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LOU DOBBS TONIGHT

Kerry on the Attack; Putin Rival Disappears

Aired February 9, 2004 - 18:00   ET

THIS IS A RUSH TRANSCRIPT. THIS COPY MAY NOT BE IN ITS FINAL FORM AND MAY BE UPDATED.

(BEGIN VIDEOTAPE)
LOU DOBBS, CNN ANCHOR (voice-over): Tonight: Democratic front- runner John Kerry steps up his attacks against President Bush and even resorts to rhyme.

SEN. JOHN KERRY (D-MA), PRESIDENTIAL CANDIDATE: Like father, like son, one term and you're done.

(CHEERING AND APPLAUSE)

DOBBS: In Russia, the bizarre case of the missing rival to President Putin. A prominent critic of Putin disappears just weeks before the presidential election. A special report from Moscow.

Martha Stewart on trial, the government's star witness under attack again today. We'll have a live report.

And, in "Broken Borders" tonight, a nation of immigrants, a melting pot. Whatever happened to assimilation? And without it, what will happen to democracy? Professor and author Francis Fukuyama is our guest.

And two more highway shootings in Ohio, Nearly two dozen since last May. Police seem no closer to finding the sniper.

(END VIDEOTAPE)

ANNOUNCER: This is LOU DOBBS TONIGHT for Monday, February 9. Here now, Lou Dobbs.

DOBBS: Good evening.

Tonight, Senator John Kerry appears all but unstoppable in his bid for the Democratic presidential nomination. Senator Kerry is leading in the two states that hold primaries tomorrow. And after winning all three caucuses this weekend in Michigan, Washington and Maine, Kerry has 426 delegates. That's almost a fifth of the 2,200 needed to win the nomination.

(BEGIN VIDEOTAPE)

DOBBS (voice-over): Senator Kerry is campaigning hard in Virginia Tennessee, where he is focusing not on his Democratic rivals, but President Bush.

KERRY: If you like what Bill Clinton gave you in those eight years, you're going to love what John Kerry gives you in the first four years when we're president.

DOBBS: Senator Kerry is also questioning whether President Bush fulfilled his National Guard service during the Vietnam War, saying the president's honorable discharge doesn't prove anything.

But it was only 12 years ago, during the 1992 campaign, that Senator Kerry chastised another decorated Vietnam veteran, former Senator Bob Kerrey, for questioning then-Arkansas Governor Bill Clinton's war record. Speaking then on the Senate floor, Kerry said: "I am saddened by the fact that Vietnam has yet again been inserted into the campaign and that it has been inserted in what I feel to be the worst possible way."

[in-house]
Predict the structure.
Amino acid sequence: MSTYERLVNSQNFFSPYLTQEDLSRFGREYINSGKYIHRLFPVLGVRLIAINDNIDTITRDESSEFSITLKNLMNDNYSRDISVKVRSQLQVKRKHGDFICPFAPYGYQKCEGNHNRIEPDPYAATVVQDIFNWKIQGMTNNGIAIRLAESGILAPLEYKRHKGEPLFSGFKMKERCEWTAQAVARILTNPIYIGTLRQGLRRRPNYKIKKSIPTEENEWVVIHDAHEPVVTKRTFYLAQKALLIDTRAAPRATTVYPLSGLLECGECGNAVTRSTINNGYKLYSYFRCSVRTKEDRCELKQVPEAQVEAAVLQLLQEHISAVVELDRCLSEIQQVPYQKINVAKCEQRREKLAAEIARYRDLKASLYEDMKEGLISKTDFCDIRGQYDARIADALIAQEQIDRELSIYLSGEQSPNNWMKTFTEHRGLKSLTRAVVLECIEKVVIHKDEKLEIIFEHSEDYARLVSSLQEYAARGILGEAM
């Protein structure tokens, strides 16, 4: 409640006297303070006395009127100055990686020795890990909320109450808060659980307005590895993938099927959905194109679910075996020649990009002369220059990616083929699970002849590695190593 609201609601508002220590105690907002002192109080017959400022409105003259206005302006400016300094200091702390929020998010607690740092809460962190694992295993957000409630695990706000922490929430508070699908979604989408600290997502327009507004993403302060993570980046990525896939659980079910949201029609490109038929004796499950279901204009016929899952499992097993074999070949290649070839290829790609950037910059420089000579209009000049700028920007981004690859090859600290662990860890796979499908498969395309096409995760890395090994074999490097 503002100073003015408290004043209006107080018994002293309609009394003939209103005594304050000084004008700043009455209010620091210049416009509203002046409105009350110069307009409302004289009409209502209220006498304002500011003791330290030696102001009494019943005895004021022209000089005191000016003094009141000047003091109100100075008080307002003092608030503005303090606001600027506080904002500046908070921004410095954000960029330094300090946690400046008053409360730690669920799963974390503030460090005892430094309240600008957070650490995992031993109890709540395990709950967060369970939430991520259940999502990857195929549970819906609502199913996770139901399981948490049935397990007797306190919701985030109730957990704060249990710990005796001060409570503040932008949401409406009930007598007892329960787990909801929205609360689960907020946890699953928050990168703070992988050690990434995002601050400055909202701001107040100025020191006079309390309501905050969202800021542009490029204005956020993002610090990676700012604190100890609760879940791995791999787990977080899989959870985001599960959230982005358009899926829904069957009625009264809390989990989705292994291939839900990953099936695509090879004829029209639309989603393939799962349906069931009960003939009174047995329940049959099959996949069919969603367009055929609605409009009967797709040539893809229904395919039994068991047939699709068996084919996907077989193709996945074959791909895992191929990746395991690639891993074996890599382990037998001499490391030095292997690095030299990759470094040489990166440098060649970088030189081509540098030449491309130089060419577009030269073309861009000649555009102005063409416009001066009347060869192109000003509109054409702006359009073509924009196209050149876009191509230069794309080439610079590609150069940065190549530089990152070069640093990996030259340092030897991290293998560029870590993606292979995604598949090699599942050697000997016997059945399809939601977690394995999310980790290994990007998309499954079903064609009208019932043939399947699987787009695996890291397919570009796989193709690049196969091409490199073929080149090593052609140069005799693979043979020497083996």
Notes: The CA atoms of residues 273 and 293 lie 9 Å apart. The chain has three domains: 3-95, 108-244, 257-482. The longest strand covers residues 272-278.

Kerry's two Democratic rivals from the South, Senator John Edwards and General Wesley Clark, are still campaigning in Tennessee and Virginia, but struggling to gain traction against Senator Kerry. They, too, are targeting President Bush.

SEN. JOHN EDWARDS (D-NC), PRESIDENTIAL CANDIDATE: He still thinks like somebody who stays in Washington all the time. He doesn't understand what's going on in the real world.

DOBBS: President Bush's appearance on NBC's "Meet the Press" could be considered the public kickoff of his national campaign.

DAVID GERGEN, HARVARD UNIVERSITY: The Democratic candidates have had a chance to warm up now with a lot of audiences and to sharpen their messages in ways the president has not. And I think that showed yesterday. He will be a much more effective campaigner than he was yesterday with Tim Russert.

DOBBS: The president also followed Democrats to a primary state for the third time in as many weeks. In Missouri today, President Bush touted the economic recovery. Missouri is a state that the president narrowly won in the 2000 election. And he's been there 15 times since.

President Bush also followed the Democratic candidates into South Carolina and New Hampshire, two days after the Democratic primary.

(END VIDEOTAPE)

DOBBS: A footnote to today's campaigning: Former front-runner Howard Dean today changed his mind. He now says he won't drop out of the race even if he loses the Wisconsin primary. That's a week from tomorrow. It was only last week that Dean said, anything less than a win in Wisconsin would end his campaign.